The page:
also, i forgot to add to my above post about the C9000 charger...
charging at half of the capacity of the battery (so a 2000mah rated AA Eneloop charged at 1000mah) means it will take 2 hours (give or take) to a full charge if the battery is empty. then after it says 'DONE' on the C9000's screen it actually tops off the batteries for another 2 hours at a 100mah charge rate and then shifts to a 10mah trickle charge until the batteries are removed from the charger.
so if you want a full 100percent charge on the battery you are looking at about 4 hour charge time (assuming the batteries are empty before re-charging). the C9000 typically shuts off the charge @ about 1.47v and then shifts to the 100mah top off charge for 2 hours and then onto the 10mah until the batteries are removed. with Eneloop's though those tend to eventually peak at 1.49-1.50v (should be at least 1.48v especially after a fair amount of cycles as it seems it will take a fair amount of cycles before the capacity peaks in Eneloops) if you let it finish the 2hours after the initial main charge finishes.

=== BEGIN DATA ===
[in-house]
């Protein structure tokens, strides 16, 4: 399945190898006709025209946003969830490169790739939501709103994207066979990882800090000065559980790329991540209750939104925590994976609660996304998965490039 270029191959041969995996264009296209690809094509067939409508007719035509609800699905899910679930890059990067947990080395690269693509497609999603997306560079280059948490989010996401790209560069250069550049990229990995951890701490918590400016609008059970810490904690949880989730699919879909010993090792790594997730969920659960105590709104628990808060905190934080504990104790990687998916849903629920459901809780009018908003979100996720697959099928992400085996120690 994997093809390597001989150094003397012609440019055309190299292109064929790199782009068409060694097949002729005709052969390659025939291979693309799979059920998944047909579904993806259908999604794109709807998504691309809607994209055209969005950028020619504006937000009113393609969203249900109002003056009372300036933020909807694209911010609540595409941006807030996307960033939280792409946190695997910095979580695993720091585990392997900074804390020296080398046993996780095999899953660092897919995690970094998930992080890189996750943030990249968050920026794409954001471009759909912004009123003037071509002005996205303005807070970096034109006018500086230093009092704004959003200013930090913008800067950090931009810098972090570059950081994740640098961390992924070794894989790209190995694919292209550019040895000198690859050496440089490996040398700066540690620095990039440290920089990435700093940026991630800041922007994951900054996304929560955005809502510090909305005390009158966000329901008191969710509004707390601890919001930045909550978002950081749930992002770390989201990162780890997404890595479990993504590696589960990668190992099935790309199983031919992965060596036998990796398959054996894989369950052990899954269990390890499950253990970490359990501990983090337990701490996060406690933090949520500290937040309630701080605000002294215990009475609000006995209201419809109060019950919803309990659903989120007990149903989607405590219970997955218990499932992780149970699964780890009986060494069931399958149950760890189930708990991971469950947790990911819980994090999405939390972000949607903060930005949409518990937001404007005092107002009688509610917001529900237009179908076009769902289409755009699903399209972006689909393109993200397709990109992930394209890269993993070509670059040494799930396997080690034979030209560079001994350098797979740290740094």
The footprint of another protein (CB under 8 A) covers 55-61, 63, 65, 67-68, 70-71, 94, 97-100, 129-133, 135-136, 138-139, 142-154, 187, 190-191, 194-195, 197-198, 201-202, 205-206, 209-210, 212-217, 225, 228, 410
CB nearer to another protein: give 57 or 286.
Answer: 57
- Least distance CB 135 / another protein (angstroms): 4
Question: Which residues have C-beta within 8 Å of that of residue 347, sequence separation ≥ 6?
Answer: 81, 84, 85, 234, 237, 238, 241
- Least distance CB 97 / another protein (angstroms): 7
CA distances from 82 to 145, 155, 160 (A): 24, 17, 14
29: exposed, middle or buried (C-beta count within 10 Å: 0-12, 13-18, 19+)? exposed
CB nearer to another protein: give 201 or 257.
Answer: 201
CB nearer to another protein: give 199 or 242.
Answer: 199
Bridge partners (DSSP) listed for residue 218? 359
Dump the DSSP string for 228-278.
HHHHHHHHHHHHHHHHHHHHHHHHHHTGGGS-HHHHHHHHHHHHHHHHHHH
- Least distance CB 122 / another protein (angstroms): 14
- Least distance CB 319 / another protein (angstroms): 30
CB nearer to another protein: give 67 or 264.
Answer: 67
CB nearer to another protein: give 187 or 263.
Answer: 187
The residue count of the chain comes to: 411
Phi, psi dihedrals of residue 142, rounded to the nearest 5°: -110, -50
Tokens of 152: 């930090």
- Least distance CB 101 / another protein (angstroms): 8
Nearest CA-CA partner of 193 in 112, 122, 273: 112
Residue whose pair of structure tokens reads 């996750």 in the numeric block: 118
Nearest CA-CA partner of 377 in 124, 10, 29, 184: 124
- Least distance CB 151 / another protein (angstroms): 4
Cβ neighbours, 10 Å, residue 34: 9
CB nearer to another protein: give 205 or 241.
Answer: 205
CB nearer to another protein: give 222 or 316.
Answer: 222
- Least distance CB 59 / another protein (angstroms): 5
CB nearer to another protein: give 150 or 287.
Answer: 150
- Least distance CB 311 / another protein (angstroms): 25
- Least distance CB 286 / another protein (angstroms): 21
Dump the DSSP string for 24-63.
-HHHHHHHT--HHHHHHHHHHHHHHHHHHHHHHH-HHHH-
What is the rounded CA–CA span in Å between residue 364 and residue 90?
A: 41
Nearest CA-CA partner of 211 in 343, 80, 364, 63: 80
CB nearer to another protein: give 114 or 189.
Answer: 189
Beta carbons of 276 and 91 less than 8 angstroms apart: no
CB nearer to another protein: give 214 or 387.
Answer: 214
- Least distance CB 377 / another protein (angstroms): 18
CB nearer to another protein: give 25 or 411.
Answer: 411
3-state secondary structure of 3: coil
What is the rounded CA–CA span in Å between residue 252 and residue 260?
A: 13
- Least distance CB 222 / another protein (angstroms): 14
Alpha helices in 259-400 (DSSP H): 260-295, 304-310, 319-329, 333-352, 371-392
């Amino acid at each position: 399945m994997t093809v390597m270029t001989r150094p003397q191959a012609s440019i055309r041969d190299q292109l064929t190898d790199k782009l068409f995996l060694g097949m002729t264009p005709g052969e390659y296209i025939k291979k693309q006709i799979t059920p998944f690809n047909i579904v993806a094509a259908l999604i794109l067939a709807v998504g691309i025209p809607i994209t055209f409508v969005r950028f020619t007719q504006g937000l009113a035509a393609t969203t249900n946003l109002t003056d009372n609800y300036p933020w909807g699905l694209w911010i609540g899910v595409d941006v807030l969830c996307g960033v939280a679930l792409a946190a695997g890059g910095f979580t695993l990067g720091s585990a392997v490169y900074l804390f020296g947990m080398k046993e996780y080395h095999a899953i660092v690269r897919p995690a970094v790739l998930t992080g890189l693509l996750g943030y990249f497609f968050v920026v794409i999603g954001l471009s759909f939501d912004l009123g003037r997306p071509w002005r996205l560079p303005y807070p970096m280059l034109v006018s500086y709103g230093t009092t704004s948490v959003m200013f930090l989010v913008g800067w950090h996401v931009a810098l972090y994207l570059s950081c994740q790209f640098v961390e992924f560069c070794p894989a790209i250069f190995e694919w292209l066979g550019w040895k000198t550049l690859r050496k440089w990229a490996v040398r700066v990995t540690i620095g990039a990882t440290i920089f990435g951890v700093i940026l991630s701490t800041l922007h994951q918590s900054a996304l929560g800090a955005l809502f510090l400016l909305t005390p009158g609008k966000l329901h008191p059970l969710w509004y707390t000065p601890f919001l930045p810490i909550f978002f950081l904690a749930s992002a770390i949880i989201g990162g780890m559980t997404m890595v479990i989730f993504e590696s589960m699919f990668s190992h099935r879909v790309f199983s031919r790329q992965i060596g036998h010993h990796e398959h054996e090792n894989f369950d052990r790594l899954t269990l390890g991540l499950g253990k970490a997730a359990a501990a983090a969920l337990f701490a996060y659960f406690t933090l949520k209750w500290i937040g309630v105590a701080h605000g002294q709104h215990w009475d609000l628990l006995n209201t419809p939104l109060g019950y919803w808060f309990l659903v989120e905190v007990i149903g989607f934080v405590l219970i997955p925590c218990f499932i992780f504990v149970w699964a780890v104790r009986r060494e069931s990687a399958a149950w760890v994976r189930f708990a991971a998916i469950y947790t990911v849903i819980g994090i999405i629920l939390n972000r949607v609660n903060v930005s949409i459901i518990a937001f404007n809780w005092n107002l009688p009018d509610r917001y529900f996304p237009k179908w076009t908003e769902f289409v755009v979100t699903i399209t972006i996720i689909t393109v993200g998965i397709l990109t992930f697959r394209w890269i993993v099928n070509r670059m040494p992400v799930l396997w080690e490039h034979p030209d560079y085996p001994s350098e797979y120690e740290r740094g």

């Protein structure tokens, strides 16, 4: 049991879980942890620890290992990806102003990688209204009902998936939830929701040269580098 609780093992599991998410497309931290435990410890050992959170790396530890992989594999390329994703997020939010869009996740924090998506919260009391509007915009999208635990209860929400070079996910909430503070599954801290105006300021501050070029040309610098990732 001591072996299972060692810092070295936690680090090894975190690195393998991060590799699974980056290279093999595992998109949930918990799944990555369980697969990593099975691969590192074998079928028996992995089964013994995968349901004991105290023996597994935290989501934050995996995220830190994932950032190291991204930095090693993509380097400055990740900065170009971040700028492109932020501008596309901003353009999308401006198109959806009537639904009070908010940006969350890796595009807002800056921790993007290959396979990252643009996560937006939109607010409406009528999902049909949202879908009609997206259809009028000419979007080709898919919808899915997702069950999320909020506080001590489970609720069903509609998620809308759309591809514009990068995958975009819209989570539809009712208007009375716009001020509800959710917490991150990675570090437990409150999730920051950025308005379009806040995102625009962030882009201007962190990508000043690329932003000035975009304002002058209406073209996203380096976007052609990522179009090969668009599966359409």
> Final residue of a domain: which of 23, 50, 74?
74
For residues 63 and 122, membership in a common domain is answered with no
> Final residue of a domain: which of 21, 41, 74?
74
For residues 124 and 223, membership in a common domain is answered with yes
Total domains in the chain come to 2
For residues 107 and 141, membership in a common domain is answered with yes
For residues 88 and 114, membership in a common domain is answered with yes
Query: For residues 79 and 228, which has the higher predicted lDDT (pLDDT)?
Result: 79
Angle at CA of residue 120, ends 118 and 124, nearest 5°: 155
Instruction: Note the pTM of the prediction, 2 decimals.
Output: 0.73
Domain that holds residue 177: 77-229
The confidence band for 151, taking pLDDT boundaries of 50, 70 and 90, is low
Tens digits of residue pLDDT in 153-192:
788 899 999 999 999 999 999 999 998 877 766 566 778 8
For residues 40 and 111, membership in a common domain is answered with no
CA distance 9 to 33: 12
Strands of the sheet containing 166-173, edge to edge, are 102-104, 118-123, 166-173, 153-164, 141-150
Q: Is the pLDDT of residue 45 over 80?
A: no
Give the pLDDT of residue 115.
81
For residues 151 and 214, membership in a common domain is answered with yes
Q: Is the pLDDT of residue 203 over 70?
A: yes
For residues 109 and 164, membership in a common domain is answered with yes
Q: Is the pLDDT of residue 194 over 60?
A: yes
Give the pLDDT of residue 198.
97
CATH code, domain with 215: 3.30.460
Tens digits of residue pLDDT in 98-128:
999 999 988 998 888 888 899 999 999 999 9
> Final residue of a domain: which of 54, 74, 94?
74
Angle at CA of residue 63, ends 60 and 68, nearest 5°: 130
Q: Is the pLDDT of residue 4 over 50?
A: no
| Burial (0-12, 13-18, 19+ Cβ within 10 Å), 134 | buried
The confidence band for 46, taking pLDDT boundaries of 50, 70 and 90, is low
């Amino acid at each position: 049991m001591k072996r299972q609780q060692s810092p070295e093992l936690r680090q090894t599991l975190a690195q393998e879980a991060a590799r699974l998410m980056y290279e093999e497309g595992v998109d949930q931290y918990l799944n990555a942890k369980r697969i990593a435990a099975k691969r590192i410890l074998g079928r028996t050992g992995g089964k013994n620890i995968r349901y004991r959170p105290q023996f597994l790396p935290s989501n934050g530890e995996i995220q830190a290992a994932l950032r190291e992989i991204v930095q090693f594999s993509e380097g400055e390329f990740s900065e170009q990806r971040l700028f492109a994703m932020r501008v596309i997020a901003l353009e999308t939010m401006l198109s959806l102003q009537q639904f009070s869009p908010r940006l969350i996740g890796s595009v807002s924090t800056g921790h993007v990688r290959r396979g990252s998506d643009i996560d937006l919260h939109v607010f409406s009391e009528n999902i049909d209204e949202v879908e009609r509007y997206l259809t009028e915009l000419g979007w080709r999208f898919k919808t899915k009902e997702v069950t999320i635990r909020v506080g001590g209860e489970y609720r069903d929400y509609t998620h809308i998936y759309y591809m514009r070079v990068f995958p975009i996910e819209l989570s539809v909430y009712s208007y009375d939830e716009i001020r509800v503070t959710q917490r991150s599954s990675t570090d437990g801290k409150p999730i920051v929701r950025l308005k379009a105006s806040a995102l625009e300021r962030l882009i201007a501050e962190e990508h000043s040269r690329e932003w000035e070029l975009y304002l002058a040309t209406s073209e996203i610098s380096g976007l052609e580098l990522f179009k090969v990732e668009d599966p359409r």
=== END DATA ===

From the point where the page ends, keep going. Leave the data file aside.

but basically there is really no way around that type of charge given the way NiMH batteries work from what i have read as you can't quick charge it to full capacity as it's got to slow charge it when they are close to full basically which is where that 100mah top off charge comes into play which starts after the C9000 says DONE on the screen. plus, doing it that way is easier on the batteries which should extend their life some especially on high quality batteries like Eneloop.
p.s. but basically Alkaline batteries suck as they can leak and NiMh wipes the floor with them in higher drain devices as Alkaline batteries just can't hold their voltage up if your device really sucks the juice from them. but basically... the more power your device uses the more benefit you will get from NiMh over standard Alkalines. low drain devices really won't benefit from NiMh as it's best to use NiMh in medium to high drain devices since you will get the most benefit and save the most $$$ that way.
also, it's recommended that you do a BREAK-IN cycle on new batteries (especially non-high quality ones) which takes about 39-45hours to complete. as i had one Energizer AAA battery that missed termination (i.e. did not stop charging it like it's supposed to with the 'DONE' on screen) one time and overcharged it as i think it pumped in about 2000mah+ or so into it which it should never do but after that i did a BREAK-IN cycle on them and never had a issue since. i imagine Eneloops you probably don't have to do this (being they are high quality) but i would for good measure.